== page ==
Counterfeit iPhone 6s Already On Sale In China

As most people know by now, Apple’s highly anticipated iPhone 6s and 6s Plus goes on sale today. Millions of people already pre-ordered the phone, so we will have to wait until Monday to see how the weekend’s sales measure up to last year’s sales of the iPhone 5 and 5s. In the meantime, workers in China are busy creating counterfeit models of the new iPhones – and the fakes are selling like hotcakes.

In fact, on the same day that the new phones were released in Hong Kong and China’s mainland, high quality knockoffs were already being sold for less than $100 – which is about one-eighth of the price of the real thing.

Hong Kong prices for the real deal are slightly less than those on the mainland. For example, in Hong Kong, prices for the true iPhone 6s and iPhone 6s Plus are about $721 and $1,000 respectively. On the mainland, the prices are about $829 and $1,080 respectively.

However, in Shenzhen’s Huaqiangbei shady market district, the counterfeit phones are selling for between $91 and $99. Tang Shouquan, a seller of counterfeit Apple products at one of the area’s local shops, stated that, “These are the first batch the factories have cloned to Apple’s advertising pictures. They will get the genuine model from Hong Kong today and immediately adjust the color and shape to make the second batch an even better imitation.”

As of now, the iPhone’s new rose gold color is not yet available as a counterfeit. But as Shouquan notes, “We expect to have a rose gold version in a few days.”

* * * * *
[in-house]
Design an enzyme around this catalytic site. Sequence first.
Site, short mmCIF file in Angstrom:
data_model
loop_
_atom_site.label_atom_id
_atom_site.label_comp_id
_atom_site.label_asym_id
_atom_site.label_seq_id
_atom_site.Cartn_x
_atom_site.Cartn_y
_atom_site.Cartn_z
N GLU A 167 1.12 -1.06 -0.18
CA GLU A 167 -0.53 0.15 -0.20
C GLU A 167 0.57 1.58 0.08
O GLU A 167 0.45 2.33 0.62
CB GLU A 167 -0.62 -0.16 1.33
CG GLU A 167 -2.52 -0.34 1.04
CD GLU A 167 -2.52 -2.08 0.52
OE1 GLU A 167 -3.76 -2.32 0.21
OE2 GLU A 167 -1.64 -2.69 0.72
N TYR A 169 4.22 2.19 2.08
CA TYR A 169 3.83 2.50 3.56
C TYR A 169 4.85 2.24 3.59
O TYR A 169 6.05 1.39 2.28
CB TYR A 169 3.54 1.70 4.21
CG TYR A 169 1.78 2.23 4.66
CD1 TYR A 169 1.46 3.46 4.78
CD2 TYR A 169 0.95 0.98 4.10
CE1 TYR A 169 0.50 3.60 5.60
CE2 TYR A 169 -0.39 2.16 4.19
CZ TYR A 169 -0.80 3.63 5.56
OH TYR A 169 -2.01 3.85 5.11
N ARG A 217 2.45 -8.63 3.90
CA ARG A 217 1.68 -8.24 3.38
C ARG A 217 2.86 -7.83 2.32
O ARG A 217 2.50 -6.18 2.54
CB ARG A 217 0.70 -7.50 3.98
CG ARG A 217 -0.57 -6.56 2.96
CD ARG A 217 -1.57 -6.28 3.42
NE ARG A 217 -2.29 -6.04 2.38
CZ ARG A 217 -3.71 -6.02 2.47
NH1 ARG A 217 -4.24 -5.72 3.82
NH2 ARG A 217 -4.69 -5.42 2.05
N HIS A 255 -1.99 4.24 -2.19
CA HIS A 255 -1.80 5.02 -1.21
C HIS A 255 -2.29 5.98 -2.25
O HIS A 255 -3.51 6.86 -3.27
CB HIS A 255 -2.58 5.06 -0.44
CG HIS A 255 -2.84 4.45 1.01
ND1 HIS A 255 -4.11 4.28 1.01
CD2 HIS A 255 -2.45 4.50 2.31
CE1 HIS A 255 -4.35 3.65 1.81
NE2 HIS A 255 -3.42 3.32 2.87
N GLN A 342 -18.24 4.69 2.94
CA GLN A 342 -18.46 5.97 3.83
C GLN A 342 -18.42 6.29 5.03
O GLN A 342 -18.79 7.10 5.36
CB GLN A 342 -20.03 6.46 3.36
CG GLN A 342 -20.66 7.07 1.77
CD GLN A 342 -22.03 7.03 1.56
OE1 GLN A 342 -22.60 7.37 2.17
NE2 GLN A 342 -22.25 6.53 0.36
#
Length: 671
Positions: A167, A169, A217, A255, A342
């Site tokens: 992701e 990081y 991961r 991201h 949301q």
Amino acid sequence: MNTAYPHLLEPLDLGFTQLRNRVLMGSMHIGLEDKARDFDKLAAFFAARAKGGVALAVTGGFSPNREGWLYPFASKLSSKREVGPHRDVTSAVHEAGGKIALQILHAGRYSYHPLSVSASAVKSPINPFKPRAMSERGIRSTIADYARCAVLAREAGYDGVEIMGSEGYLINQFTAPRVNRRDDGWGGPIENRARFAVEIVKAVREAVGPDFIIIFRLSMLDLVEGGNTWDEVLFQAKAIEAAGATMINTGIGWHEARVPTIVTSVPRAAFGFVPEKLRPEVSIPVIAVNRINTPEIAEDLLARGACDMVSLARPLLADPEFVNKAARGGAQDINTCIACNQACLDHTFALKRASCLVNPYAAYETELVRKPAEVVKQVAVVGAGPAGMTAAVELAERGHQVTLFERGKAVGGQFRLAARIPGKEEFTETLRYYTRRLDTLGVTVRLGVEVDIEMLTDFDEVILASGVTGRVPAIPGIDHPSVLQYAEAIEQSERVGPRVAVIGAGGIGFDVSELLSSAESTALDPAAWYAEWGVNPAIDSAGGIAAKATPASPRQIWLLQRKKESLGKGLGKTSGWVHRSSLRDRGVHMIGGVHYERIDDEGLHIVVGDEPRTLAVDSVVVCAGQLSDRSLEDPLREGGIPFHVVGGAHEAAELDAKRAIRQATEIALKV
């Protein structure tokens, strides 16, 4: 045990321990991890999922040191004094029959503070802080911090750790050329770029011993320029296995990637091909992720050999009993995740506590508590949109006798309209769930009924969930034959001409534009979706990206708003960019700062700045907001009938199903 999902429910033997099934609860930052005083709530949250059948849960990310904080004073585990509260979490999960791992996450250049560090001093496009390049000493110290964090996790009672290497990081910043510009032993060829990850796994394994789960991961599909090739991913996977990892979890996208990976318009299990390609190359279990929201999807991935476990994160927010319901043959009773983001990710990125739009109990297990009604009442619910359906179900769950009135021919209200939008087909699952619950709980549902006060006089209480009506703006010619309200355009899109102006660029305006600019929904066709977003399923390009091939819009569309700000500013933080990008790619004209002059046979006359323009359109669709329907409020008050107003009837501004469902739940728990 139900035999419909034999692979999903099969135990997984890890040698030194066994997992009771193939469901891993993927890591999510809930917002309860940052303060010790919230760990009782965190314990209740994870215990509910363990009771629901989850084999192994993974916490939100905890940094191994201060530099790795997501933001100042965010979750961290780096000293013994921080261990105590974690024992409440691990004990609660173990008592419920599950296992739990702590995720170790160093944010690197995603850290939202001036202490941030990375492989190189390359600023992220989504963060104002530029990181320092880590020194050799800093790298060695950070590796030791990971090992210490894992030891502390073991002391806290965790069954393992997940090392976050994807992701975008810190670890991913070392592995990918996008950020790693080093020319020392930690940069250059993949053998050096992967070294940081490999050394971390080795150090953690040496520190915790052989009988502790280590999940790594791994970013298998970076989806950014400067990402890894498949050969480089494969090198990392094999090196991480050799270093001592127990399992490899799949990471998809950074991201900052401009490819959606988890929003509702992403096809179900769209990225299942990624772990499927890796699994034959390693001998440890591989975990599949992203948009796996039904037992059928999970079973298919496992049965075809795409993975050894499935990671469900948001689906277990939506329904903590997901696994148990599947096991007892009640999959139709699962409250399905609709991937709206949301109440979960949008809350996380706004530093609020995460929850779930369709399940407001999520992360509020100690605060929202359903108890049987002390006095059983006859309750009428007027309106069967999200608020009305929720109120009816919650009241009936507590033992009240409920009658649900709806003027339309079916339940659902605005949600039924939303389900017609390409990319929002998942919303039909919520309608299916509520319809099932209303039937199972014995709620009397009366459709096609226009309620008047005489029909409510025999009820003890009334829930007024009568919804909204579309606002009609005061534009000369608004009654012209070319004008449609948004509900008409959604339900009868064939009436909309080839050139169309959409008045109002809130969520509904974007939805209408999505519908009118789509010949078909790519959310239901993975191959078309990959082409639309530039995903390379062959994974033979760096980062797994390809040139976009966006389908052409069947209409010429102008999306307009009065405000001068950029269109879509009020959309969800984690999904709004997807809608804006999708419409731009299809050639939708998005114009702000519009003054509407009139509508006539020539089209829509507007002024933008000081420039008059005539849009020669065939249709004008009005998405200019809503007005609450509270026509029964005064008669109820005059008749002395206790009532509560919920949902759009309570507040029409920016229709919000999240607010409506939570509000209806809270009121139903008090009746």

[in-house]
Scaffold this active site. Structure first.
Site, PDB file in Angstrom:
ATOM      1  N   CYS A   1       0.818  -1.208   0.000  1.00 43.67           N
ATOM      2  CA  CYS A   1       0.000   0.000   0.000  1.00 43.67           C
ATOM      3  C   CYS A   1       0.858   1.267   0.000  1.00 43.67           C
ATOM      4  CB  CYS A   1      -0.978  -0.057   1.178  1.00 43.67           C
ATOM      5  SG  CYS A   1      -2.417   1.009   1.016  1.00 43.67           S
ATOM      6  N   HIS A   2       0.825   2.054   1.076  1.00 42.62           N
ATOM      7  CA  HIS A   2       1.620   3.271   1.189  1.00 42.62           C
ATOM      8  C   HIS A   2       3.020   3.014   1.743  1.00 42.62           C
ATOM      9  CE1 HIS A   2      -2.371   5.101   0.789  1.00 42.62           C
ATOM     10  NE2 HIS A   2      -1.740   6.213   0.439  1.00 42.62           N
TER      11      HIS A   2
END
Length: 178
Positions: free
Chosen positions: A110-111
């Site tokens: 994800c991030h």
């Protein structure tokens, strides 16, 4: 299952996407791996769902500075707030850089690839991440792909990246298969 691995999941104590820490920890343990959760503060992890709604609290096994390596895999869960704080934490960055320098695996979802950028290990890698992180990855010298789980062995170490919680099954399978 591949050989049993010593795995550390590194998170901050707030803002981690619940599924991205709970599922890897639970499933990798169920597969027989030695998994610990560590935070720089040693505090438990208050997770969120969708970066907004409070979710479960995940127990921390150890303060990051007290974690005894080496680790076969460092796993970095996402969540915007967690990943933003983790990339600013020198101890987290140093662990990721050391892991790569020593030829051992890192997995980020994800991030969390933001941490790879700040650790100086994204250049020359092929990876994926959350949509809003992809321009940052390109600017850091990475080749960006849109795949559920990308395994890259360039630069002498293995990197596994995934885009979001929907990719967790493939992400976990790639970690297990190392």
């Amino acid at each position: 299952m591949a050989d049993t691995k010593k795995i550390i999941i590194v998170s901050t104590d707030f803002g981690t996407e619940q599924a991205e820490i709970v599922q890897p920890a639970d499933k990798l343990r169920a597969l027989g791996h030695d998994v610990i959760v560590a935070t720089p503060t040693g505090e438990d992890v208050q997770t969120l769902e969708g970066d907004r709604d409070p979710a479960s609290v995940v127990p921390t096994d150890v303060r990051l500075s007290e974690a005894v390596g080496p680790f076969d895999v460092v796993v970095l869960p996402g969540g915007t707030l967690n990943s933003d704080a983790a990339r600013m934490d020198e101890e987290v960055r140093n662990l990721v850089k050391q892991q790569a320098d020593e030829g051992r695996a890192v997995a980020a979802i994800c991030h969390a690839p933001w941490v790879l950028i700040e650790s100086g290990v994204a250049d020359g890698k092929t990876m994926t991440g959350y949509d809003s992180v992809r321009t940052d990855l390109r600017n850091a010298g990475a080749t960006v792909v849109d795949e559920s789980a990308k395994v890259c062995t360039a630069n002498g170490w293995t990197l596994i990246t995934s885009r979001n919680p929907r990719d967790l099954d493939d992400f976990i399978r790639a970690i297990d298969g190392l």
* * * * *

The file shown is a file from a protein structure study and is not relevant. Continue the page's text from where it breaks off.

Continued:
The counterfeits apparently are very good and hard to distinguish from the real things. The fakes run on the Android operating system but are made to look like they are running on Apple’s iOS.

Shouquan noted that most of the counterfeits will be sold to customers from smaller towns across the country and points out that, “There is a huge market for fake iPhones in the Chinese hinterlands. People there dream of possessing world-class products but most people who come from rural areas that’s all it is – a dream. They can’t afford to buy them.”

Presently, possessing an iPhone is a major status symbol in China. Along with designer handbags and shoes, having an iPhone is considered a personal success. Some companies even sell fake Starbucks thermoses and mugs so that people who cannot afford the real drinks can pretend that they are.

Shouquan also points out that competition among counterfeiters is growing. “Prices are . . . getting lower because the competition [in China] is so intense . . . [N]ow it’s hard to make that much money because the competition from all the cheaper Chinese smartphone brands is so fierce. We used to charge [$314] for a fake iPhone 4s. Now we sell the 6s for about a quarter of that.”

One things is sure – the lines for the counterfeits are getting as long as the lines for the real deal.

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